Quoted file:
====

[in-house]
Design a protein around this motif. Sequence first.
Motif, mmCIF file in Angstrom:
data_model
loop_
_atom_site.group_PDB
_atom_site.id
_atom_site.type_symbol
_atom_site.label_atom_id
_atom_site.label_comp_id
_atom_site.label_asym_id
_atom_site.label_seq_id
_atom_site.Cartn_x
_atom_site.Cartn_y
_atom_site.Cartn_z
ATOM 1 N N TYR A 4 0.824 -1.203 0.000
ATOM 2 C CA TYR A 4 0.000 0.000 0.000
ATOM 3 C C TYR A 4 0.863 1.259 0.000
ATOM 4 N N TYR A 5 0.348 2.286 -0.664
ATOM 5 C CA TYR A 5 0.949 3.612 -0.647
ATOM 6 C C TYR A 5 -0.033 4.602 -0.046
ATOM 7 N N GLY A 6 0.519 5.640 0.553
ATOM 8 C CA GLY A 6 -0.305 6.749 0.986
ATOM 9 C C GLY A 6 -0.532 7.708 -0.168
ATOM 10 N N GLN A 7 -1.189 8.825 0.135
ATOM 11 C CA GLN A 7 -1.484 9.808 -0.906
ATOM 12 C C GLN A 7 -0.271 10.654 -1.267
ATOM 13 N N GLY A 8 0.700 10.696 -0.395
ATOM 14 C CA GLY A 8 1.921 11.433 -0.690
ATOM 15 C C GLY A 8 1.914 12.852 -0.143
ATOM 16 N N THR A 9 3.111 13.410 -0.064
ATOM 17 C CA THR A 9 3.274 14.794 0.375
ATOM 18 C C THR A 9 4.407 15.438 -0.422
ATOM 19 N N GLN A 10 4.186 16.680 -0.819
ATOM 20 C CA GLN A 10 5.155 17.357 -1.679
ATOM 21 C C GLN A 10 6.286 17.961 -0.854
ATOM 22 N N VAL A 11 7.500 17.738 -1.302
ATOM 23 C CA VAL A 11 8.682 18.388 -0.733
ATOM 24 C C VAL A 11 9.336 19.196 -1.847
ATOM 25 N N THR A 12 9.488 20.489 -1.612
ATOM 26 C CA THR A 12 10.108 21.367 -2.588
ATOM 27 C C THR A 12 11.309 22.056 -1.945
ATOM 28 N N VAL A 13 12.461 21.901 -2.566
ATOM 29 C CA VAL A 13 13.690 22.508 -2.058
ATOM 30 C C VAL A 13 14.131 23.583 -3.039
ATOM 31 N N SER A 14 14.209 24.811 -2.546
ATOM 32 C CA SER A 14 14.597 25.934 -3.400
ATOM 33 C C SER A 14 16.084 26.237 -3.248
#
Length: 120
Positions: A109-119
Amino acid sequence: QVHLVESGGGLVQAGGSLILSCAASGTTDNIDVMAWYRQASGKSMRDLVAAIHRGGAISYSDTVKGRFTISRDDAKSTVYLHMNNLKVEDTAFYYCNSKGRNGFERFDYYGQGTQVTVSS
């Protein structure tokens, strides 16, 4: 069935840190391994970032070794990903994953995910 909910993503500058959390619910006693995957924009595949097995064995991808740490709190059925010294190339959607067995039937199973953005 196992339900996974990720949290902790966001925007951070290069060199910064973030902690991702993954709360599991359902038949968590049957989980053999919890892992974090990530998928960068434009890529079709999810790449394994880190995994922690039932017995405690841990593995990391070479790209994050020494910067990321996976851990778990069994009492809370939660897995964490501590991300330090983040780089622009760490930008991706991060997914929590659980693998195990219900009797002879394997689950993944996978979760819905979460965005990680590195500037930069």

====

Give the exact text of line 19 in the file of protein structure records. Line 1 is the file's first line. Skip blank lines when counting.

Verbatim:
ATOM 4 N N TYR A 5 0.348 2.286 -0.664